Tertiary Education: Students Doing It Tough As Fees Rise Again

The Government is making it increasingly difficult for Kiwis to gain tertiary education as fees continue to rise and access to student support becomes even more restricted, Labour’s Tertiary Education spokesperson Chris Hipkins says. More>>

ALSO:

Housing, Iraq: PM Press Conference – 20 October 2014

Prime Minister John Key met with press today to discuss:
• Housing prices and redevelopment in Auckland
• Discussions with Tony Abbott on the governmental response to ISIS, and New Zealand’s election to the UN Security Council More>>

ALSO:

Labour: Review Team Named, Leadership Campaign Starts

Labour’s New Zealand Council has appointed Bryan Gould as Convenor of its post-General Election Review. He will be joined on the Review Team by Hon Margaret Wilson, Stacey Morrison and Brian Corban.

ALSO:


Roy Morgan Poll: National Slips, Labour Hits Lows

The first New Zealand Roy Morgan Poll since the NZ Election shows National 43.5% (down 3.54% since the September 20 Election). This isn’t unusual, National support has dropped after each of John Key’s Election victories... However, support for the main opposition Labour Party has crashed to 22.5% (down 2.63% and the lowest support for Labour since the 1914 NZ Election as United Labour). More>>

ALSO:

In On First Round: New Zealand Wins Security Council Seat

Prime Minister John Key has welcomed New Zealand securing a place on the United Nations Security Council for the 2015-16 term. More>>

ALSO:

TPP Leak: Intellectual Property Text Confirms Risk - Jane Kelsey

The US is continuing its assault on generic medicines through numerous proposed changes to patent laws. ‘These are bound to impact on Pharmac if they are accepted’, according to Professor Kelsey... Copyright is another area of ongoing sensitivity... More>>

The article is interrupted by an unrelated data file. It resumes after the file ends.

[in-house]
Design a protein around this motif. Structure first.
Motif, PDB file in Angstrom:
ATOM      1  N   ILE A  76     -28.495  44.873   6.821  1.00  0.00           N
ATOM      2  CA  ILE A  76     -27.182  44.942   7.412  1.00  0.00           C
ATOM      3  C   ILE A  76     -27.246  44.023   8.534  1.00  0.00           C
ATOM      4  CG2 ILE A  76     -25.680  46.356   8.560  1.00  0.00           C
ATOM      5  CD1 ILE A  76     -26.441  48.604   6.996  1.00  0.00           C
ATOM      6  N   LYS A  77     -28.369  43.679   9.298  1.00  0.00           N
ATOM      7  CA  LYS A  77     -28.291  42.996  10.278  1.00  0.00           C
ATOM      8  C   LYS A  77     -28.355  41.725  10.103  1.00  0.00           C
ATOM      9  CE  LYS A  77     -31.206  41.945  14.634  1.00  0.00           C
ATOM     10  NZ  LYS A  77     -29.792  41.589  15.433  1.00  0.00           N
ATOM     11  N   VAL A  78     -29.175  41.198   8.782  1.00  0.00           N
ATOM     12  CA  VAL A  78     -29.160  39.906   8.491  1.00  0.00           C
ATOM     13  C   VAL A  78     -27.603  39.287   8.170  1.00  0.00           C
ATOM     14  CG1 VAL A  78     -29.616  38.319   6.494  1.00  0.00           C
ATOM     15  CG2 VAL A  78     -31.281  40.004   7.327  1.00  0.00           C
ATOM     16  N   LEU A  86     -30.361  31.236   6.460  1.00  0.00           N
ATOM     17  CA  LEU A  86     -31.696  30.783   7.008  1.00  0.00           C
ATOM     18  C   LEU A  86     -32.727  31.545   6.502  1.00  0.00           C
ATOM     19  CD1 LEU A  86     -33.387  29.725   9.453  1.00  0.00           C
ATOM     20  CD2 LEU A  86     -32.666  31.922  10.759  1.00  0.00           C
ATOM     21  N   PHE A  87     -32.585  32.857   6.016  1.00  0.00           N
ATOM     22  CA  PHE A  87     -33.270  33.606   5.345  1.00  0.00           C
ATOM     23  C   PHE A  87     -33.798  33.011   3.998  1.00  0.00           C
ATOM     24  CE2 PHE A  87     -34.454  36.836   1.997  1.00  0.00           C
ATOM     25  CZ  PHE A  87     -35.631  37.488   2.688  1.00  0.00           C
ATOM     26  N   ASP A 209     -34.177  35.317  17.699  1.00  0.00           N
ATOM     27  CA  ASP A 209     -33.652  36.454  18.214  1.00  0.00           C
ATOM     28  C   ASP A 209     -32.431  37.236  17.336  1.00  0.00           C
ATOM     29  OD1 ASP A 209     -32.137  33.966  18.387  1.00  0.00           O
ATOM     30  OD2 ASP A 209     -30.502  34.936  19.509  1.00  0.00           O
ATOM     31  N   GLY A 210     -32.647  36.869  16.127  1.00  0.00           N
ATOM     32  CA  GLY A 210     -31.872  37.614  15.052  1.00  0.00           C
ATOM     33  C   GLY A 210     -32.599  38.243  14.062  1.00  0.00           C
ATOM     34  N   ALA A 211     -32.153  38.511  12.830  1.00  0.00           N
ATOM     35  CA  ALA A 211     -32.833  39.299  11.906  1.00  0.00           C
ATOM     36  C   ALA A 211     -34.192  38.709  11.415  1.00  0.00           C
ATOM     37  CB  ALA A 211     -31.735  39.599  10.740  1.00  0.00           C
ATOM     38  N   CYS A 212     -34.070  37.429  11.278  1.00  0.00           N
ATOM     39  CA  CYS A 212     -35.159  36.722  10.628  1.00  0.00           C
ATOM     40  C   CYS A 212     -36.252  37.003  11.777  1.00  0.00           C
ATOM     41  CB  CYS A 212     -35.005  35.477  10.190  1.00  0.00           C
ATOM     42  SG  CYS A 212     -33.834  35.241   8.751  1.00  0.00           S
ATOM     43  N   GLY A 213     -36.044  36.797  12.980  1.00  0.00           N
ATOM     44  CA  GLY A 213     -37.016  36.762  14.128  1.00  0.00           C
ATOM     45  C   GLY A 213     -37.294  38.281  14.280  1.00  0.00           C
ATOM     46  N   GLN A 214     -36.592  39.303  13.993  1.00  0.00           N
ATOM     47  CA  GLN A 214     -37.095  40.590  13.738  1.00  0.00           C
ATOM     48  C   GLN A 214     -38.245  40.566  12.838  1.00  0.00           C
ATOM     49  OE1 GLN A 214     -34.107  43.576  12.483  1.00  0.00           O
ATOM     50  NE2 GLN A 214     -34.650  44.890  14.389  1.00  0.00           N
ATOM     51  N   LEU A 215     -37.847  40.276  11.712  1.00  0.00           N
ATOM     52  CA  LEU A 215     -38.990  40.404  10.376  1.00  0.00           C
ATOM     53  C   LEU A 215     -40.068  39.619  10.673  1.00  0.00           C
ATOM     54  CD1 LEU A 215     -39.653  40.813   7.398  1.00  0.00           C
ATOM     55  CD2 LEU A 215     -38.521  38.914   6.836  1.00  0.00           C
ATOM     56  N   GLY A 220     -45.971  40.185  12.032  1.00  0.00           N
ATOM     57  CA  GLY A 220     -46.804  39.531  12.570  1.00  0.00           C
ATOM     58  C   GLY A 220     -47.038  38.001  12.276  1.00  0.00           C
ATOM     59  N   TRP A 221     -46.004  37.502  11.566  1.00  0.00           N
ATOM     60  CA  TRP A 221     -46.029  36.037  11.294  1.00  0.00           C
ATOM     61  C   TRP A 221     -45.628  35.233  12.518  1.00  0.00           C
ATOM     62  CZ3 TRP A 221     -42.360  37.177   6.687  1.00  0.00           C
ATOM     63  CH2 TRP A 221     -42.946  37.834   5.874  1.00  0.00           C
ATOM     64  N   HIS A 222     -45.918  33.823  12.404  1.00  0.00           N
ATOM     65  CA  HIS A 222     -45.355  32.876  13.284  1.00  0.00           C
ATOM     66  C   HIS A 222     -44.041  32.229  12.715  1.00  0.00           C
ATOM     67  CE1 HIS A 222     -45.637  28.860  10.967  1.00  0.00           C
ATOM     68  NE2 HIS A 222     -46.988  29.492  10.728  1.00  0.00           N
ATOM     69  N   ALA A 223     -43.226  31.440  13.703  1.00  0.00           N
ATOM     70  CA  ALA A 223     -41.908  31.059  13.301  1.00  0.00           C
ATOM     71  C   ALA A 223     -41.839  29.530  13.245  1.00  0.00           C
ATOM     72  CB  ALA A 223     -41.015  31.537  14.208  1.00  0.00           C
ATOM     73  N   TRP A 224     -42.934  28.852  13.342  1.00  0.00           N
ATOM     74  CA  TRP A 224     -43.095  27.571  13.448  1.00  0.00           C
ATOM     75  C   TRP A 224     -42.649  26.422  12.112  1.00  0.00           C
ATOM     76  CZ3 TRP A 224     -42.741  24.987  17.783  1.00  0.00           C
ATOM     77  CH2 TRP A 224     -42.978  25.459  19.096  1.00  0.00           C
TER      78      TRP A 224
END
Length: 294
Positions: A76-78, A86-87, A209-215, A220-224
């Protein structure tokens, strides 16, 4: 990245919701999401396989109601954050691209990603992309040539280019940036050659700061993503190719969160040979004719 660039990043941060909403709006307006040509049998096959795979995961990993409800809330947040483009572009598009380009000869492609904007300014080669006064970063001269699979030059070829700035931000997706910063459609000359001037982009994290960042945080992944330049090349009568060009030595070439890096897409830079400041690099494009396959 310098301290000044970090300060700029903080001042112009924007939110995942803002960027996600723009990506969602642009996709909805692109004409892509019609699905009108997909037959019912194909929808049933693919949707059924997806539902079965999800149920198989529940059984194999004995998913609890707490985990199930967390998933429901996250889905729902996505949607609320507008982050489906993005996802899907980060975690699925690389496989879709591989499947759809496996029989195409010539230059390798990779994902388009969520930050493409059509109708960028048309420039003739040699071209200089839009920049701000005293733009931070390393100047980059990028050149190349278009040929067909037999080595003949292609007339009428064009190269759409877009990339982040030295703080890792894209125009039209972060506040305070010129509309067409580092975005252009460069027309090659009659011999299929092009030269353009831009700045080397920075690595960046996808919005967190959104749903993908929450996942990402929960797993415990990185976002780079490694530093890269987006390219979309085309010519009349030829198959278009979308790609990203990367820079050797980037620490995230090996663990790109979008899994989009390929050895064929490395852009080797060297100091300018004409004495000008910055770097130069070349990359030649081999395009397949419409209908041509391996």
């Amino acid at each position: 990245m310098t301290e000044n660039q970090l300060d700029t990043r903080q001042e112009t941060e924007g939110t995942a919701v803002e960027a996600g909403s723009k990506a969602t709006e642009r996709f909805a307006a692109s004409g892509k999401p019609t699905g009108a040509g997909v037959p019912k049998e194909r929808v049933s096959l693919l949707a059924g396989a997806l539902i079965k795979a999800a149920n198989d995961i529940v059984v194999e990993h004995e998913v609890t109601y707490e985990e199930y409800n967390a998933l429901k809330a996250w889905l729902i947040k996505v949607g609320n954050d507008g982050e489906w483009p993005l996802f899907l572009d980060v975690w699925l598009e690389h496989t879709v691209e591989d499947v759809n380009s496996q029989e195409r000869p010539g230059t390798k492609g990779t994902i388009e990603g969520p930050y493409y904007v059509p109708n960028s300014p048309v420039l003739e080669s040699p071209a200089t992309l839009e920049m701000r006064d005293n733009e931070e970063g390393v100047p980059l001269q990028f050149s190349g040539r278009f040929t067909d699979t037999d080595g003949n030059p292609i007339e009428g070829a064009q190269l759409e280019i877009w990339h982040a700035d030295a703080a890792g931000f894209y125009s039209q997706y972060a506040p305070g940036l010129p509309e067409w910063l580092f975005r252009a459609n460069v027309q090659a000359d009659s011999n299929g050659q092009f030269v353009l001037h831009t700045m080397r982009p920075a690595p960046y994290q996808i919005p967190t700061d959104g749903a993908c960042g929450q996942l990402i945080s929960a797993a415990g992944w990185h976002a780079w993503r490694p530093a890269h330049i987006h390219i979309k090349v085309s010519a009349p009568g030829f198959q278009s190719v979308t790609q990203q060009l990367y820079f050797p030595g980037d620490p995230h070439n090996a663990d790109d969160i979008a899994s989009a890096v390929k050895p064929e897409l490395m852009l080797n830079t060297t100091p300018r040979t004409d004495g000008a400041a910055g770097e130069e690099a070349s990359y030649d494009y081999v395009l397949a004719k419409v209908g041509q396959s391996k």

ALSO:

RMA: Smith Plans Reform To Ease Urban Development

Newly appointed Environment Minister Nick Smith has announced Resource Management Act reform to foster urban development, where high land prices and expensive resource consents are blocking efforts to provide affordable housing. More>>>

ALSO:

Gordon Campbell: On New Zealand getting involved (again) in other people's wars

Apparently, the Key government is still pondering how New Zealand will contribute to the fight against Islamic State. Long may it ponder, given the lack of consensus among our allies as to how to fight IS, where to fight it (Syria, Iraq, or both?) and with whose ground troops, pray tell? More>>

ALSO:

Gordon Campbell: On child poverty, and David Shearer’s latest outburst

The politicisation of (a) the public service and (b) the operations of the Official Information Act have been highlighted by the policy advice package on child poverty that RNZ’s resolute political editor Brent Edwards has finally prised out of the Ministry of Social Development. More>>

ALSO:

Gordon Campbell: On the government’s review of security laws

So the Key government is about to launch a four week review of the ability of our existing legislation to deal with “suspected and returning foreign terrorist fighters, and other violent extremists.”

According to its terms of reference, the review will consider whether the SIS, GCSB and Police are sufficiently able right now to (a) investigate and monitor suspected and returning foreign terrorist fighters… More>>

ALSO:

Get More From Scoop

 

LATEST HEADLINES

 
 
 
 
 
 
 
 
Politics
Search Scoop  
 
 
Powered by Vodafone
NZ independent news